What scientific idea should be better known? [1]

[ Sun. Jan. 8. 2017 ]


One cited anecdote—which some say is apocryphal and whose central character varies according to the story—tells us that when, in the last decades of the nineteenth century, Darwin's theory that humans descended from monkeys spread in England, the wife of the bishop of Birmingham responded, shocked: "Dear, let's hope it is not true. And if it is, let's hope it does not spread."

Those words take up the Edge website [6] to present its annual question ( Edge Question ) this year. Every year, writer and publisher John Brockman hosts discussions on innovative ideas from the most diverse fields of science and proposes a provocative question to a number of intellectuals, scientists, artists and writers. Answers vary from small essays to a paragraph, but all have the spirit of those who are thinking about the boundaries of their disciplines or crossing them. "What should we care about?" "What scientific news was the most important this year?" "What do you think about the machines you think?" "What will change everything?" These are some of the questions from previous years, whose answers are then published in the form of books.

This year, the question was: "What term or scientific concept should be most widely known?" More than 200 scientists from the most varied fields, essayists and artists responded, and their texts—like all previous editions—can be freely read on the website.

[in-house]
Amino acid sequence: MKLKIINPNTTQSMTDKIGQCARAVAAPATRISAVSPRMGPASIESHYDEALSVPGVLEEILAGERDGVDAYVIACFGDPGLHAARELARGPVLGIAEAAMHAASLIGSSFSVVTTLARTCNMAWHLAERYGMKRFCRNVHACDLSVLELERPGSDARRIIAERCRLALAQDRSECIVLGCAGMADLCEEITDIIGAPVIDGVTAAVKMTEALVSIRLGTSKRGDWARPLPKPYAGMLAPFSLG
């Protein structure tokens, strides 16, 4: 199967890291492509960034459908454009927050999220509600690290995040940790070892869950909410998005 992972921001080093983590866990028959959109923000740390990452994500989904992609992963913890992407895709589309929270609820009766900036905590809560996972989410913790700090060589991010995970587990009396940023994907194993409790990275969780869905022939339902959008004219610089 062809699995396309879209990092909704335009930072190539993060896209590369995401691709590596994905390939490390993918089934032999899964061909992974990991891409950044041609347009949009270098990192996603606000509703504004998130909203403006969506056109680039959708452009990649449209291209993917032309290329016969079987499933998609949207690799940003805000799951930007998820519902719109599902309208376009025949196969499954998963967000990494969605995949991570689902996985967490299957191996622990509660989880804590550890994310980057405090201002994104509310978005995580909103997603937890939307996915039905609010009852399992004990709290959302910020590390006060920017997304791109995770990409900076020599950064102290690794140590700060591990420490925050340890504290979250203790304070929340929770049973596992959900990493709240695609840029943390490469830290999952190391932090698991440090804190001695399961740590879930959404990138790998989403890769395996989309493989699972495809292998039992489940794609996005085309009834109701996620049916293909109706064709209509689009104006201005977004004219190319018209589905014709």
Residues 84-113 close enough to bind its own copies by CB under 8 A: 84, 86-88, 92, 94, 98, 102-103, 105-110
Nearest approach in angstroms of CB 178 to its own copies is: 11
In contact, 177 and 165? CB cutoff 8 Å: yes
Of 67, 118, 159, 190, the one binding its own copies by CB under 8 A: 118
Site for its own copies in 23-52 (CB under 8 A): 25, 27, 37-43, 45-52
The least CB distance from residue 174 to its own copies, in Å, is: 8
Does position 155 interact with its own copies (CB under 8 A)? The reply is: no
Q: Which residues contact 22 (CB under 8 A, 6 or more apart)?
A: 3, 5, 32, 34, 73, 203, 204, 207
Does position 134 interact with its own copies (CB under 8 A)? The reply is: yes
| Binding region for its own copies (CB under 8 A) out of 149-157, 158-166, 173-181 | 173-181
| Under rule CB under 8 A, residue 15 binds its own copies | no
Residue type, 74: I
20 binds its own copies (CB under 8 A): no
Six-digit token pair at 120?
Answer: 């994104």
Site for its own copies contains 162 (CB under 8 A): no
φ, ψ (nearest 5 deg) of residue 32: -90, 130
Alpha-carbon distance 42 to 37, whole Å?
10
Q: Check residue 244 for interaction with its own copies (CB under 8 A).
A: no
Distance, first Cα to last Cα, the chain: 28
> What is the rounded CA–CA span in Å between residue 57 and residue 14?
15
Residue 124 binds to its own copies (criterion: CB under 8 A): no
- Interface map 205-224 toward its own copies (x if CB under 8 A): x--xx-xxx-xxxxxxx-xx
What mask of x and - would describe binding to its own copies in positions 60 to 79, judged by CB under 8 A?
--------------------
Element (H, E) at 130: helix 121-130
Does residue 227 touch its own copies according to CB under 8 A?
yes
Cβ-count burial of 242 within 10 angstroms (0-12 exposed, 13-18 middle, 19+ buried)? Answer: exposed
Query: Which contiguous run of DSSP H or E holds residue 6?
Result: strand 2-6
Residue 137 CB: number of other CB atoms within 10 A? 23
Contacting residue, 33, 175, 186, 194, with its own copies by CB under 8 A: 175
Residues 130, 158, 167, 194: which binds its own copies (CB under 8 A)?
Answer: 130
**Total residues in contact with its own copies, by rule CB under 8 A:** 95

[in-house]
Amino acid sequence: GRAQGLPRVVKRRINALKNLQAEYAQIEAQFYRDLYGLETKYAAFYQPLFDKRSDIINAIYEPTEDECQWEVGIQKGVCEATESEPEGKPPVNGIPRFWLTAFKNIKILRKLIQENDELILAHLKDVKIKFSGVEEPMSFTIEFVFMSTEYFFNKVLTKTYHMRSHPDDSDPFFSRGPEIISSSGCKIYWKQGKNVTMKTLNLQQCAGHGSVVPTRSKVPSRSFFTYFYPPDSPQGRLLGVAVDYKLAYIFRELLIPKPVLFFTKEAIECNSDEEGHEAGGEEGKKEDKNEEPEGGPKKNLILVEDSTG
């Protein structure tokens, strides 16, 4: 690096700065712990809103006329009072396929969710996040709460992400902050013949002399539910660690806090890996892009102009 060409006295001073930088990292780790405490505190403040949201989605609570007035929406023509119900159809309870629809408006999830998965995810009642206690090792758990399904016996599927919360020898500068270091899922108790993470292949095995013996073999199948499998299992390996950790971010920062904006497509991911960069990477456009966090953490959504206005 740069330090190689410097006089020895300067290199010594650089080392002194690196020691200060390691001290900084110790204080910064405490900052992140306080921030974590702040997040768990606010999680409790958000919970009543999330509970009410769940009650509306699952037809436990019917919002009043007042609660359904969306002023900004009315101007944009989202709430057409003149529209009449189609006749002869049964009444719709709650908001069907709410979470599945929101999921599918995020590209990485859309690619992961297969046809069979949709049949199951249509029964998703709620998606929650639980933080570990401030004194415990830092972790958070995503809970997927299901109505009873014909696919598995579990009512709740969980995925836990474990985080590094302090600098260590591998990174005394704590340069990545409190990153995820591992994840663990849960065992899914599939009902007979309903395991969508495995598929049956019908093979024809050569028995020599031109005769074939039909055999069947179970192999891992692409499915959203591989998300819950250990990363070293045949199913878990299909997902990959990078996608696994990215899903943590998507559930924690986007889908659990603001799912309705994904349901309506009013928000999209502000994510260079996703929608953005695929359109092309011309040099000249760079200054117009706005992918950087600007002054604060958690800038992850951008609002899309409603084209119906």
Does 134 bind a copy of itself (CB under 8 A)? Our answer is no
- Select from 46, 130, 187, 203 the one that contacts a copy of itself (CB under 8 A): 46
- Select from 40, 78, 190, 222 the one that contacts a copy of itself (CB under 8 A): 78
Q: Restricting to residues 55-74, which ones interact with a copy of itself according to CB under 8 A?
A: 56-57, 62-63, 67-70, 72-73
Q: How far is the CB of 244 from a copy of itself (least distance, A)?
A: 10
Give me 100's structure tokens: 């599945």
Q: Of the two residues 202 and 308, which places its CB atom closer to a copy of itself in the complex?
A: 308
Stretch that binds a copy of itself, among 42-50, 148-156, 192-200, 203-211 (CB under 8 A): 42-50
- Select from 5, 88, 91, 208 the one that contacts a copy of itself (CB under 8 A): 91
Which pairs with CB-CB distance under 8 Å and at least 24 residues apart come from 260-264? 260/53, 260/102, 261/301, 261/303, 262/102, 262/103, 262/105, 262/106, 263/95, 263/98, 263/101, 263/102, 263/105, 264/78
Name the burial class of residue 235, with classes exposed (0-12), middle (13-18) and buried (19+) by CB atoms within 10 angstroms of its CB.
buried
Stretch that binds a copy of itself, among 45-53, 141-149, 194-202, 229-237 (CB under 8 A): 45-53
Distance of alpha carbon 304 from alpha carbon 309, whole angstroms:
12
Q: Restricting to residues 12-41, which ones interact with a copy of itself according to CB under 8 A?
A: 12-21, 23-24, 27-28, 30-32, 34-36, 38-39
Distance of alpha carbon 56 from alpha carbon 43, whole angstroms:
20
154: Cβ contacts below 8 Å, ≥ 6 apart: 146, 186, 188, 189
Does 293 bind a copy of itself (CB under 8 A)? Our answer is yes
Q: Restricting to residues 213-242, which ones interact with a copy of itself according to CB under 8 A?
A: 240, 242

"The Genetic Book of the Dead [7]," "Reciprocal Altruism [8]," "Neurodiversity [9]," "The Second Law of Thermodynamics [10]," "Common Sense [11]," "Scientific Realism [12]," and "The Copernican Principle [13]," are some of the answers this year, which mostly propose reflections on the status of knowledge in the contemporary world, the ways in which science advances, and the role of uncertainty and chance in that movement.

It is not uncommon for that to be the approach. "Of all the scientific terms that should be better known to help clarify and inspire scientific thinking in general culture, none is more important than 'science' itself," Brockman wrote in presenting this year's Edge question. "Science is nothing more nor less than the most reliable way of gaining knowledge about anything, whether it be the human spirit, the role of great figures in history, or the structure of DNA." Here, we reproduce excerpts from some of the essays.

Confirmation Bias [14] (Brian Eno), The Anthropocene [15] (Jennifer Jacquet), Navier-Stokes Equations [16] (Ian McEwan), Mysterianism [17] (Nicholas G. Carr), Epsilon [18] (Victoria Stodden), Intellectual Honesty [19] (Sam Harris)